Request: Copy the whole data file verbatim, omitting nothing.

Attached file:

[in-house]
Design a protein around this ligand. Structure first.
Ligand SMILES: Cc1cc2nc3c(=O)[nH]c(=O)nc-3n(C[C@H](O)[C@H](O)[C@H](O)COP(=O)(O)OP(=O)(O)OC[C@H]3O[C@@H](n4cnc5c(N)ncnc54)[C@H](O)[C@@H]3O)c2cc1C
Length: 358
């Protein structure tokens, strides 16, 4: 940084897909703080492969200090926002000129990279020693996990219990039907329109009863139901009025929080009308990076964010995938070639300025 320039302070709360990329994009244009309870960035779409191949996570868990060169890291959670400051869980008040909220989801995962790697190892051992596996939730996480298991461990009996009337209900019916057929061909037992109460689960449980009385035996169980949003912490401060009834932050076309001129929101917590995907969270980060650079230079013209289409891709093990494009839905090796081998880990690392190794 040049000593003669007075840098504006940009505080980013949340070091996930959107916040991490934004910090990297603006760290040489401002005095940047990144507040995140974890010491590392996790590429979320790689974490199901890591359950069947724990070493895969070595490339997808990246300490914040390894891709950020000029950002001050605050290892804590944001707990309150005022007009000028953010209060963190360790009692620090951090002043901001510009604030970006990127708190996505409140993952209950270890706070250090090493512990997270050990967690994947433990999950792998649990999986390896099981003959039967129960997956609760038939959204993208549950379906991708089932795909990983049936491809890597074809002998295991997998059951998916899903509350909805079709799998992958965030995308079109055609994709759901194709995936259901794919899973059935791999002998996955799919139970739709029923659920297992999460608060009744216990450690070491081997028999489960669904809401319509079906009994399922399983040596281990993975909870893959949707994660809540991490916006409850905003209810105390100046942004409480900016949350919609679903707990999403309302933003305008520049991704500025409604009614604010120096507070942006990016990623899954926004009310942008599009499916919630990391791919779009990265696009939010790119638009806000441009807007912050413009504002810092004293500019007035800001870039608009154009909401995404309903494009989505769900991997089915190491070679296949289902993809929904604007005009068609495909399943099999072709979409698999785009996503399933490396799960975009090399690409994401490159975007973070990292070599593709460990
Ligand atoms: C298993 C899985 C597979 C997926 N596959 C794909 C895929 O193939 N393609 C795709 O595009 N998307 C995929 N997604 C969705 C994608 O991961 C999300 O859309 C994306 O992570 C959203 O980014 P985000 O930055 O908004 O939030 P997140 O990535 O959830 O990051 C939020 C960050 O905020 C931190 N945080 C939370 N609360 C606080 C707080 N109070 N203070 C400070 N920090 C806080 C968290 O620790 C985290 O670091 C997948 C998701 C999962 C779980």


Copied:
[in-house]
Design a protein around this ligand. Structure first.
Ligand SMILES: Cc1cc2nc3c(=O)[nH]c(=O)nc-3n(C[C@H](O)[C@H](O)[C@H](O)COP(=O)(O)OP(=O)(O)OC[C@H]3O[C@@H](n4cnc5c(N)ncnc54)[C@H](O)[C@@H]3O)c2cc1C
Length: 358
């Protein structure tokens, strides 16, 4: 940084897909703080492969200090926002000129990279020693996990219990039907329109009863139901009025929080009308990076964010995938070639300025 320039302070709360990329994009244009309870960035779409191949996570868990060169890291959670400051869980008040909220989801995962790697190892051992596996939730996480298991461990009996009337209900019916057929061909037992109460689960449980009385035996169980949003912490401060009834932050076309001129929101917590995907969270980060650079230079013209289409891709093990494009839905090796081998880990690392190794 040049000593003669007075840098504006940009505080980013949340070091996930959107916040991490934004910090990297603006760290040489401002005095940047990144507040995140974890010491590392996790590429979320790689974490199901890591359950069947724990070493895969070595490339997808990246300490914040390894891709950020000029950002001050605050290892804590944001707990309150005022007009000028953010209060963190360790009692620090951090002043901001510009604030970006990127708190996505409140993952209950270890706070250090090493512990997270050990967690994947433990999950792998649990999986390896099981003959039967129960997956609760038939959204993208549950379906991708089932795909990983049936491809890597074809002998295991997998059951998916899903509350909805079709799998992958965030995308079109055609994709759901194709995936259901794919899973059935791999002998996955799919139970739709029923659920297992999460608060009744216990450690070491081997028999489960669904809401319509079906009994399922399983040596281990993975909870893959949707994660809540991490916006409850905003209810105390100046942004409480900016949350919609679903707990999403309302933003305008520049991704500025409604009614604010120096507070942006990016990623899954926004009310942008599009499916919630990391791919779009990265696009939010790119638009806000441009807007912050413009504002810092004293500019007035800001870039608009154009909401995404309903494009989505769900991997089915190491070679296949289902993809929904604007005009068609495909399943099999072709979409698999785009996503399933490396799960975009090399690409994401490159975007973070990292070599593709460990
Ligand atoms: C298993 C899985 C597979 C997926 N596959 C794909 C895929 O193939 N393609 C795709 O595009 N998307 C995929 N997604 C969705 C994608 O991961 C999300 O859309 C994306 O992570 C959203 O980014 P985000 O930055 O908004 O939030 P997140 O990535 O959830 O990051 C939020 C960050 O905020 C931190 N945080 C939370 N609360 C606080 C707080 N109070 N203070 C400070 N920090 C806080 C968290 O620790 C985290 O670091 C997948 C998701 C999962 C779980």